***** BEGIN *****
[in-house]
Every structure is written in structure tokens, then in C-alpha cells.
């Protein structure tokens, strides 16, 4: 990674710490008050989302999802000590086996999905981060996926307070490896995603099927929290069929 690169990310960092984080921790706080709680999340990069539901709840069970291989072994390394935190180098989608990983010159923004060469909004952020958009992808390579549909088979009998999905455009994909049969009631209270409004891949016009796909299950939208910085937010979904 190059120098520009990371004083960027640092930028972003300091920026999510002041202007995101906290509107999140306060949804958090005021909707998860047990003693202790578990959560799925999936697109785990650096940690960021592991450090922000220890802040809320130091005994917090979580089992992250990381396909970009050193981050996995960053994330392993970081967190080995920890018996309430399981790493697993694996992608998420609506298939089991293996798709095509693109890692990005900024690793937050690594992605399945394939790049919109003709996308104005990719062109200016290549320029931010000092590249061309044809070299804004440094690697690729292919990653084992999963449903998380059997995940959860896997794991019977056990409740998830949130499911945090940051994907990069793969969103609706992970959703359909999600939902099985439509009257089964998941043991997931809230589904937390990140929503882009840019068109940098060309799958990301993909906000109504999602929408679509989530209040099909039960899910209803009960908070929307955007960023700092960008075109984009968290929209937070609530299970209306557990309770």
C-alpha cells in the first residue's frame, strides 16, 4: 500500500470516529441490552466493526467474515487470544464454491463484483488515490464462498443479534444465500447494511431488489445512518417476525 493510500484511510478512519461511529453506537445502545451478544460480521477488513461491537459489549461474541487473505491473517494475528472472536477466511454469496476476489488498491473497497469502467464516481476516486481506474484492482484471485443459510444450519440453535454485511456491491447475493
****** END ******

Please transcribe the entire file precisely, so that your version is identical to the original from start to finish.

[in-house]
Every structure is written in structure tokens, then in C-alpha cells.
């Protein structure tokens, strides 16, 4: 990674710490008050989302999802000590086996999905981060996926307070490896995603099927929290069929 690169990310960092984080921790706080709680999340990069539901709840069970291989072994390394935190180098989608990983010159923004060469909004952020958009992808390579549909088979009998999905455009994909049969009631209270409004891949016009796909299950939208910085937010979904 190059120098520009990371004083960027640092930028972003300091920026999510002041202007995101906290509107999140306060949804958090005021909707998860047990003693202790578990959560799925999936697109785990650096940690960021592991450090922000220890802040809320130091005994917090979580089992992250990381396909970009050193981050996995960053994330392993970081967190080995920890018996309430399981790493697993694996992608998420609506298939089991293996798709095509693109890692990005900024690793937050690594992605399945394939790049919109003709996308104005990719062109200016290549320029931010000092590249061309044809070299804004440094690697690729292919990653084992999963449903998380059997995940959860896997794991019977056990409740998830949130499911945090940051994907990069793969969103609706992970959703359909999600939902099985439509009257089964998941043991997931809230589904937390990140929503882009840019068109940098060309799958990301993909906000109504999602929408679509989530209040099909039960899910209803009960908070929307955007960023700092960008075109984009968290929209937070609530299970209306557990309770």
C-alpha cells in the first residue's frame, strides 16, 4: 500500500470516529441490552466493526467474515487470544464454491463484483488515490464462498443479534444465500447494511431488489445512518417476525 493510500484511510478512519461511529453506537445502545451478544460480521477488513461491537459489549461474541487473505491473517494475528472472536477466511454469496476476489488498491473497497469502467464516481476516486481506474484492482484471485443459510444450519440453535454485511456491491447475493